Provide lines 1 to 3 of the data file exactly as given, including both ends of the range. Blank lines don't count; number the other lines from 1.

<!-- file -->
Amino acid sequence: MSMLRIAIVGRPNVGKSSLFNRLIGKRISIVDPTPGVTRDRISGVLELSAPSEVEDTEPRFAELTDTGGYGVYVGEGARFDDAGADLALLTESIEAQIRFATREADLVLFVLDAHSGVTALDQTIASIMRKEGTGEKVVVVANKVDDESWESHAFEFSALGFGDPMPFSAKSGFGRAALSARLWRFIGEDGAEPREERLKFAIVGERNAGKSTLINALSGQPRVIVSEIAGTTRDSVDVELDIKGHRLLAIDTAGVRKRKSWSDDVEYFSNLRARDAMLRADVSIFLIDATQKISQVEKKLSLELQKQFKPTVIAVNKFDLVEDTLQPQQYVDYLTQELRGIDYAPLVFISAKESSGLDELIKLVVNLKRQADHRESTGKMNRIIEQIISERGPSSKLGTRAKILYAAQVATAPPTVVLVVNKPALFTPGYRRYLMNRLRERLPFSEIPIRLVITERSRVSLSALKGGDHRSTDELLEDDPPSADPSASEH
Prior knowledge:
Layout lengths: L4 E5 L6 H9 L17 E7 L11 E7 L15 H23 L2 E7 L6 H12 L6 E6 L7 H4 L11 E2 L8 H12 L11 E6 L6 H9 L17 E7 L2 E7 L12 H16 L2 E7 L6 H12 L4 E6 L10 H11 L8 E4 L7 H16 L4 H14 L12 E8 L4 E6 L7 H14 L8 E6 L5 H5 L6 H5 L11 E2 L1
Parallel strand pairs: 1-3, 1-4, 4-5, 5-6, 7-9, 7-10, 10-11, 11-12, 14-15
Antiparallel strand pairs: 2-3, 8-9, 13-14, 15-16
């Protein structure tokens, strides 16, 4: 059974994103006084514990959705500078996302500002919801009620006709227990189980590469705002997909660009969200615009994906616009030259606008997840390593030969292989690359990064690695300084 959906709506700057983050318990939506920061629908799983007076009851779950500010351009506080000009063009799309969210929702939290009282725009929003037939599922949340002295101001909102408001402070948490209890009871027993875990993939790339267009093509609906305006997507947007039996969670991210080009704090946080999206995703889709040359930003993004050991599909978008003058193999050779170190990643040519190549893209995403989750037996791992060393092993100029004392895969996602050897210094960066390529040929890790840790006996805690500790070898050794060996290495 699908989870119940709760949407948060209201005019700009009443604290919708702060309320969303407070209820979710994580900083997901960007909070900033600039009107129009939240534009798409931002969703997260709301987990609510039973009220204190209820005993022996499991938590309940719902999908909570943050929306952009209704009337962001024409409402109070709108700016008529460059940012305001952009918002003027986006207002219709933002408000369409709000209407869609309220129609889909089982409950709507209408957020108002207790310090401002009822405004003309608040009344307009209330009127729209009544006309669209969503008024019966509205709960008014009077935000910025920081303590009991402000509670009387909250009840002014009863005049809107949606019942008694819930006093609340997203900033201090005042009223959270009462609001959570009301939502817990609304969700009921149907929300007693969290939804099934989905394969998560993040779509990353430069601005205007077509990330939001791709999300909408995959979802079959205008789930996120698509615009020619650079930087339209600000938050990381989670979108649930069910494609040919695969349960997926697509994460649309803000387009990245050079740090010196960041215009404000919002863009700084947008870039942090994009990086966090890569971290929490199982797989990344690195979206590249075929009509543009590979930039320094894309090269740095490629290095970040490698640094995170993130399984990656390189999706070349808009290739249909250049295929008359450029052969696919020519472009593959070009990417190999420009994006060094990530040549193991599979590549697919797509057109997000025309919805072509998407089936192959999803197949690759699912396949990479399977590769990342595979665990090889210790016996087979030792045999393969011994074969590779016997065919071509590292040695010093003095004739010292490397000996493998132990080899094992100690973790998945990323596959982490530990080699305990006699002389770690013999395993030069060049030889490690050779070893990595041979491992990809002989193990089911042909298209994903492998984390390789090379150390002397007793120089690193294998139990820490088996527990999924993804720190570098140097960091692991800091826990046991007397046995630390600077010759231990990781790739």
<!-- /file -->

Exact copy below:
Amino acid sequence: MSMLRIAIVGRPNVGKSSLFNRLIGKRISIVDPTPGVTRDRISGVLELSAPSEVEDTEPRFAELTDTGGYGVYVGEGARFDDAGADLALLTESIEAQIRFATREADLVLFVLDAHSGVTALDQTIASIMRKEGTGEKVVVVANKVDDESWESHAFEFSALGFGDPMPFSAKSGFGRAALSARLWRFIGEDGAEPREERLKFAIVGERNAGKSTLINALSGQPRVIVSEIAGTTRDSVDVELDIKGHRLLAIDTAGVRKRKSWSDDVEYFSNLRARDAMLRADVSIFLIDATQKISQVEKKLSLELQKQFKPTVIAVNKFDLVEDTLQPQQYVDYLTQELRGIDYAPLVFISAKESSGLDELIKLVVNLKRQADHRESTGKMNRIIEQIISERGPSSKLGTRAKILYAAQVATAPPTVVLVVNKPALFTPGYRRYLMNRLRERLPFSEIPIRLVITERSRVSLSALKGGDHRSTDELLEDDPPSADPSASEH
Prior knowledge:
Layout lengths: L4 E5 L6 H9 L17 E7 L11 E7 L15 H23 L2 E7 L6 H12 L6 E6 L7 H4 L11 E2 L8 H12 L11 E6 L6 H9 L17 E7 L2 E7 L12 H16 L2 E7 L6 H12 L4 E6 L10 H11 L8 E4 L7 H16 L4 H14 L12 E8 L4 E6 L7 H14 L8 E6 L5 H5 L6 H5 L11 E2 L1